A Valued Success Story: 13th SOMATOM World Summit

Axel Lorz |  15-06-2018

Around 500 visitors gathered at the 13th SOMATOM World Summit in Singapore to share the latest medical and technical developments in CT imaging. The event was supported by our partner Bayer Healthcare.

Listen. Care. Improve.: A motto set to inspire all at the 13th SOMATOM World Summit. These well-chosen words set precisely the right tone for this prestigious event dedicated to knowledge and best-practice sharing across the various radiology disciplines. Singapore’s national flower, the hybrid orchid Vanda ‘Miss Joaquim’, was the perfect symbol of synergy and resilience.

A balanced conference agenda included not only state-of-the art technology but also addressed sensitive topics such as the future role of artificial intelligence (AI) and the potential of population health management in radiology, including the automatic detection of imaging biomarkers. As André Hartung, CEO of Computed Tomography at Siemens Healthineers, outlined in his short but inspiring welcome speech, the scientific content to be presented over the two-day summit was based entirely on a combined effort between our clinical partners and the Siemens Healthineers CT team.

Naturally, such long-standing partnerships build a solid basis for future development and are a cornerstone of the approach of Siemens Healthineers. An impressive range of experts gave insightful lectures covering the following wide-ranging themes:

1. New trends in CT and the workflow challenge
2. Optimized radiation dose and contrast management
3. Cardiology
4. Vascular imaging
5. Functional imaging with CT
6. Pediatrics
7. Acute Care
8. Oncology
9. Future technologies

Find all speeches here.

In each of these areas, the current medical and technical standpoint was analyzed, explained, and discussed by three to eight clinical experts. Particular focus was placed on workflow optimization in CT imaging given today’s demands on healthcare providers to deliver better outcomes at lower costs. Innovations that support greater efficiency in CT imaging include seamless integration of Dual Energy CT data into the PACS environment and the novel mobile workflow concept engineered for the SOMATOM go. platform. Matthias May, MD, University Hospital Erlangen, reflected on his experience of using the high-resolution tablet and Bluetooth remote control when operating the SOMATOM go. CT scanner, which allows staff to stay with patients for longer.

Traditionally, special emphasis has been given to patient dose management in daily routine and the efficiency of established products such as ADMIRE, high-pitch scanning, Tin Filter, low kV, CARE kV, and dose modulation. For obvious reasons, the Pediatrics session focused especially on low-dose scanning techniques including Dual Energy CT applications. In a presentation by Professor Marilyn J. Siegel, MD, of Washington University School of Medicine St. Louis, Missouri, she nicely summed up her results in assessing the chest-lung perfusion in the title: “The role of Dual Energy in pediatrics is fine”. In the Pediatrics session, several speakers explained the special care necessary for a successful CT scan of our younger patients, including an appropriate child-oriented design of the scan room.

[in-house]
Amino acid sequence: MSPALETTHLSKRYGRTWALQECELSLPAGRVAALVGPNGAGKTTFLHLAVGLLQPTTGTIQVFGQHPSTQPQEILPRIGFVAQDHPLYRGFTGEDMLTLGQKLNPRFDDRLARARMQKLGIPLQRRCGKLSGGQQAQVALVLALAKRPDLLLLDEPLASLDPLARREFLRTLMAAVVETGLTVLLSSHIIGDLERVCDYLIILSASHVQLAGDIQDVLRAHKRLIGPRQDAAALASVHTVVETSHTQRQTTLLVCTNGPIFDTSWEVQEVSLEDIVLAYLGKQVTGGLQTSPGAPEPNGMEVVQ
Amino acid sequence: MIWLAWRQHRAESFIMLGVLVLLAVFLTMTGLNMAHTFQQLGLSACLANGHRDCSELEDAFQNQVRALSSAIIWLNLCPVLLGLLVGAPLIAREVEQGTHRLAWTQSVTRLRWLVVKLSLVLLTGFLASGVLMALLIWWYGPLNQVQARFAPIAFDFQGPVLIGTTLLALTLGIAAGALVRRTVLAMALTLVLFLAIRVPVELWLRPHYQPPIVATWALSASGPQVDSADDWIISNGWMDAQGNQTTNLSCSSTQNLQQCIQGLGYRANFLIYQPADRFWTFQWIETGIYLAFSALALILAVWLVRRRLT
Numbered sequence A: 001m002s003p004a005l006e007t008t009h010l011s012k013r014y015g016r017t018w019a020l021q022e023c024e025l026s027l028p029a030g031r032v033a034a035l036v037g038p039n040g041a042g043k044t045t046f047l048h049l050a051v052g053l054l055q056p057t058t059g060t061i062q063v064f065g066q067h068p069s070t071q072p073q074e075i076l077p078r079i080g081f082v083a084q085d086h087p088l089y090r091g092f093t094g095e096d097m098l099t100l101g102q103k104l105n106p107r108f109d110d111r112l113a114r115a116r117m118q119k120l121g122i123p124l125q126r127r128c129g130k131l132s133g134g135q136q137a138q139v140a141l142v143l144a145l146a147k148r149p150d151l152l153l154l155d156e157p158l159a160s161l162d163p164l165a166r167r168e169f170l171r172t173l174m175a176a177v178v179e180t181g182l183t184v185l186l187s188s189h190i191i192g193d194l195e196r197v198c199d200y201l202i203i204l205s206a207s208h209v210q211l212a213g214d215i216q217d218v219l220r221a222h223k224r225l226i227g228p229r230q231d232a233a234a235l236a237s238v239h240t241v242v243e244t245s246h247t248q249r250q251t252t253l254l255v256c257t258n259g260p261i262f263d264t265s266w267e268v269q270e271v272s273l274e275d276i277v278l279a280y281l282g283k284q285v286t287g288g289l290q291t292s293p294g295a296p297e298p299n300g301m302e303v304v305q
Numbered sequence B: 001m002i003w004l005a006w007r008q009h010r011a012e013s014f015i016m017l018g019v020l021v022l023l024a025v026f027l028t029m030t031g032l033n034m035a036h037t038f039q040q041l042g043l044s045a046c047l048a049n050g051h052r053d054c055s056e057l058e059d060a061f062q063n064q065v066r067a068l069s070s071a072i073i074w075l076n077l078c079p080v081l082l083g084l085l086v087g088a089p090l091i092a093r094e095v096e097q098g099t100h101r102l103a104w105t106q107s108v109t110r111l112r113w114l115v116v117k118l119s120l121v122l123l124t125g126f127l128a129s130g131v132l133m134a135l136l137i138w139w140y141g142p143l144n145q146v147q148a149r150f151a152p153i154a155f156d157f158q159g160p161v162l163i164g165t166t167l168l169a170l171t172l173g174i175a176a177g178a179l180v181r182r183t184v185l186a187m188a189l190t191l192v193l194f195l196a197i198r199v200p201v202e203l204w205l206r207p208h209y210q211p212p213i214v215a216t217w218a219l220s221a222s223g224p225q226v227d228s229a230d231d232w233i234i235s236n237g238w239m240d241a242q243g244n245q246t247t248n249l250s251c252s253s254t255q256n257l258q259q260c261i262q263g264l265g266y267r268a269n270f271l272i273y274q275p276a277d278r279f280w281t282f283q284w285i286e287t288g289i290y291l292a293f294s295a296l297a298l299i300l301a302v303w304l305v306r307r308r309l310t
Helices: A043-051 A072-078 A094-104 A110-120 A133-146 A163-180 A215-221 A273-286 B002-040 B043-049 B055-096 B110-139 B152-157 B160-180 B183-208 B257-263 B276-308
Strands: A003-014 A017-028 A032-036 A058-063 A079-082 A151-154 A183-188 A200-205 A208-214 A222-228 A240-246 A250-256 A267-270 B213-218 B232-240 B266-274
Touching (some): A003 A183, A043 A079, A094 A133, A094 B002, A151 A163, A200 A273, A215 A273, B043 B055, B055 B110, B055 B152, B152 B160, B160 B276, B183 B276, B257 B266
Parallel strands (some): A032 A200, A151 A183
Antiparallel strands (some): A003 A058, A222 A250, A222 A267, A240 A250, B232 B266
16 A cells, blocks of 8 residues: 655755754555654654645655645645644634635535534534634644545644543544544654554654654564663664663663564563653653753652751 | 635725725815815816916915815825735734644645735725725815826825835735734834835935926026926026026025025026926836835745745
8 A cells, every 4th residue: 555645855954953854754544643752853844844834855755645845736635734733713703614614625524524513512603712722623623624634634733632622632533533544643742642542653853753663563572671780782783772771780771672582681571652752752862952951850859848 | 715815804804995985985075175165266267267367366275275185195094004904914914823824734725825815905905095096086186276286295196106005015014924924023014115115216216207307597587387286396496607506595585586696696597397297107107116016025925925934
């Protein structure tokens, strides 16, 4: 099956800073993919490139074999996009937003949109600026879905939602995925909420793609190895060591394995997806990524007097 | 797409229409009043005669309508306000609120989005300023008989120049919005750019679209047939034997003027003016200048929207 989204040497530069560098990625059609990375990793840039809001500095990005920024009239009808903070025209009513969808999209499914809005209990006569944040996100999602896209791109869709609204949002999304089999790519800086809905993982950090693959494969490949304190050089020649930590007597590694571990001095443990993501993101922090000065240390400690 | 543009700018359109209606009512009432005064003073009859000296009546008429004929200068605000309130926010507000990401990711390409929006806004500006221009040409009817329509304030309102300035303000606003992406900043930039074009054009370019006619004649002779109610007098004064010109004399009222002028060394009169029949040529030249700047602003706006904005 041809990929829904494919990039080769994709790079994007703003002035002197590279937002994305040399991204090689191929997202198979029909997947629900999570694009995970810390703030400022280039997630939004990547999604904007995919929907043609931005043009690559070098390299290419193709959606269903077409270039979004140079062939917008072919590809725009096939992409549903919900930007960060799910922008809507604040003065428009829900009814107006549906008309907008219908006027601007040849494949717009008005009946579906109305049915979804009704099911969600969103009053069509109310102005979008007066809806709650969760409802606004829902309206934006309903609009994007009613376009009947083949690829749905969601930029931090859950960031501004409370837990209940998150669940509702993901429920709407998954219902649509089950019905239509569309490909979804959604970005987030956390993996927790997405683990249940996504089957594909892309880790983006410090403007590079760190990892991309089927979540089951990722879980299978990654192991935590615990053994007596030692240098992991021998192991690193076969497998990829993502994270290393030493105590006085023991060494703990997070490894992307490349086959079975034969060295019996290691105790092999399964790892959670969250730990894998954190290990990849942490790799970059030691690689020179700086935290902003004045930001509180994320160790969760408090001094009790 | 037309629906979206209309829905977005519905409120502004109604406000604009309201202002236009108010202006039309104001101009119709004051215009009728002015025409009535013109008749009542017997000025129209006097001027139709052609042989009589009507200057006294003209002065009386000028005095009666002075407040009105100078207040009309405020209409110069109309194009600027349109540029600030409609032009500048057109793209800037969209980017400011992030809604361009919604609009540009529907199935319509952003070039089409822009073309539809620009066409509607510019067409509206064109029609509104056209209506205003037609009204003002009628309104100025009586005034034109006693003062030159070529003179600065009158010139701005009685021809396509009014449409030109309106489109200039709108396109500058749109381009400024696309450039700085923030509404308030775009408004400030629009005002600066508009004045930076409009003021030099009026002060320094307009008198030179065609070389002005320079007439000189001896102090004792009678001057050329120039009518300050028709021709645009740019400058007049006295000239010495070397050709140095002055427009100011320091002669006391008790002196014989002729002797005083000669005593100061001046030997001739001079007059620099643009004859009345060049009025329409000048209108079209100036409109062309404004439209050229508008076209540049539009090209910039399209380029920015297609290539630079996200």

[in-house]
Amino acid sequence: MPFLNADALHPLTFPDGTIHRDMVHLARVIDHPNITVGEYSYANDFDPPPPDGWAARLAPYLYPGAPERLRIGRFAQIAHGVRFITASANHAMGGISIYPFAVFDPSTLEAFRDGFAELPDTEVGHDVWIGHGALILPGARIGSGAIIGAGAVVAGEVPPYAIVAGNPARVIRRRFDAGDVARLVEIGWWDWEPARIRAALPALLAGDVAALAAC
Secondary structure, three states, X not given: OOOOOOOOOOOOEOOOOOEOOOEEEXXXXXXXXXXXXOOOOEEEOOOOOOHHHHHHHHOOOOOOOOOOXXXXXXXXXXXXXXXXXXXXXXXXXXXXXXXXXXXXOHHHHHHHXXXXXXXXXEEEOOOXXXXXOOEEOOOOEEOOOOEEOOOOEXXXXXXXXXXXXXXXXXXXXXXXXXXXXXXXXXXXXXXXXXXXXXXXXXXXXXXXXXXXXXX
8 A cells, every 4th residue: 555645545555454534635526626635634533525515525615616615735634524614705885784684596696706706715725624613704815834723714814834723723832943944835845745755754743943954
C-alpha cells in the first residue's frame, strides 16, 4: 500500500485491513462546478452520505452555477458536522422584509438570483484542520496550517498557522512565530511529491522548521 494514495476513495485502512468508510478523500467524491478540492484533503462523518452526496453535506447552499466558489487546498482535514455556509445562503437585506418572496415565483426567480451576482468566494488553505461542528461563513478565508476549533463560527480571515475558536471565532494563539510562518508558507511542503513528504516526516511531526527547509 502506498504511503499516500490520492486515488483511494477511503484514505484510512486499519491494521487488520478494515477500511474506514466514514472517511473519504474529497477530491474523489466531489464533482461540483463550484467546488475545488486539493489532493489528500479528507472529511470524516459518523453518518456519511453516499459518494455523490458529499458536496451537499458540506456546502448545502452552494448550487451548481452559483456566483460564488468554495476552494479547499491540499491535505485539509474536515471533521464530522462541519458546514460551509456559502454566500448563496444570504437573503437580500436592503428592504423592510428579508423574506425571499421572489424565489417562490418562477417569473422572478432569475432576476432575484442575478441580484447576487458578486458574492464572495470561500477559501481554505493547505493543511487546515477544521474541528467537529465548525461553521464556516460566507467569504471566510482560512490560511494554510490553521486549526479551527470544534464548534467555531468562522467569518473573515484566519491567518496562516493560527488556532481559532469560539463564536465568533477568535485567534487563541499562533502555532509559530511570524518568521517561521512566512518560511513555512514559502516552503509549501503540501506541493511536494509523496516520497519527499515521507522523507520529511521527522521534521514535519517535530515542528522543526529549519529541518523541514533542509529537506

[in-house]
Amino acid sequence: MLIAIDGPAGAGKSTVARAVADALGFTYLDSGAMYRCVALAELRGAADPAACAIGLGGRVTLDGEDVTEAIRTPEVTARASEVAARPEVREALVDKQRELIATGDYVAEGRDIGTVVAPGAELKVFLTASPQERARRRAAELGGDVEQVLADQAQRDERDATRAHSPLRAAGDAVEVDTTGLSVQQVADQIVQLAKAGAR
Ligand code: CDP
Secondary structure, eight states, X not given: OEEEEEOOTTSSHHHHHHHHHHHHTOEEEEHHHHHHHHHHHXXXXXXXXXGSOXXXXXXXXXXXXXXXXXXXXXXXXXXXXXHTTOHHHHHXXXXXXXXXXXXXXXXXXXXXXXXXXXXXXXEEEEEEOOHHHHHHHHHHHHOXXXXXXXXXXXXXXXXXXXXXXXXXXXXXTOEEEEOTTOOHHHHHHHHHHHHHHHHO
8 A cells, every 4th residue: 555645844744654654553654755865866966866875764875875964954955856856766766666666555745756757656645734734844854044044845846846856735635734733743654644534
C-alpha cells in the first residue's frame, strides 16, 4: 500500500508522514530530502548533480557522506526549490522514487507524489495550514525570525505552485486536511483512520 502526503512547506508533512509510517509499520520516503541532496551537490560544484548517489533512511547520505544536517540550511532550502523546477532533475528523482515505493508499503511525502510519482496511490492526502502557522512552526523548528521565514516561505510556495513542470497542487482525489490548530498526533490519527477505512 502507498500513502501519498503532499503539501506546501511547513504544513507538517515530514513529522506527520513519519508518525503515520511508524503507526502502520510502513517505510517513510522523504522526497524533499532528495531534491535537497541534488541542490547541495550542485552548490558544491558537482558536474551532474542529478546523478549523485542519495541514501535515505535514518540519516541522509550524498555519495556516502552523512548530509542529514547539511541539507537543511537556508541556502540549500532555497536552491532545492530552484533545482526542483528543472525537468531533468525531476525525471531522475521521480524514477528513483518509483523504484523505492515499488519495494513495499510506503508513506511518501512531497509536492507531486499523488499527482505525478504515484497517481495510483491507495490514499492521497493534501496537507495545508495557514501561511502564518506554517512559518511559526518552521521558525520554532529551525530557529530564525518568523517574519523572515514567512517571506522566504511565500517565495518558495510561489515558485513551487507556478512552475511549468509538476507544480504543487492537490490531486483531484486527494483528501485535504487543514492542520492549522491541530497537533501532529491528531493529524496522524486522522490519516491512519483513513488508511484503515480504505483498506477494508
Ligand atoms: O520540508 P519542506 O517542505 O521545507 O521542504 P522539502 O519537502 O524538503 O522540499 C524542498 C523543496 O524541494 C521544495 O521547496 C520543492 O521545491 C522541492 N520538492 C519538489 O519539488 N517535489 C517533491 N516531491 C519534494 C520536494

As anticipated, the insightful Cardiology session covered not only the state-of-the-art but also elaborated on the future role of CT imaging including fractional flow reserve (FFR) CT and machine learning using Dual Source CT.

The increasing role of Dual Energy CT scanning techniques based on single source or dual source scanners was outlined in various talks covering the lung, the abdomen, MSK, or explicitly on the visualization of uric acid crystals. Furthermore, the audience learned about the advantages of Dual Energy CT scans in a trauma setting (Thorsten Fleiter, MD, University of Maryland Medical Center on “Full-body Dual Energy CT for fast decision-making”).

As ever, the final session on future technologies was a highlight. Here, the technical background and potential clinical benefits of the innovative photon-counting detector¹ were discussed. These detectors will likely offer numerous advantages including reduced electronic noise, increased spatial resolution, and a capacity for multi-energy CT scans. Investment in this promising new technology, while still far from commercial use, underlines the commitment of Siemens Healthineers to innovation in CT imaging. As Christiane Bernhardt, Head of Sales and Marketing for Siemens Healthineers Computed Tomography, notes: “CT has tremendous potential. Thank you for supporting us on this exciting journey to unleash it”.
 


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1This feature is based on research, and is not commercially available. Due to regulatory reasons its future availability cannot be guaranteed.

The statements by Siemens Healthineers customers described herein are based on results that were achieved in the customer’s unique setting. Since there is no “typical” hospital and many variables exist (e.g., hospital size, case mix, level of IT adoption) there can be no guarantee that other customers will achieve the same results.

In clinical practice, the use of ADMIRE may reduce CT patient dose depending on the clinical task, patient size, anatomical location, and clinical practice. A consultation with a radiologist and a physicist should be made to determine the appropriate dose to obtain diagnostic image quality for the particular clinical task.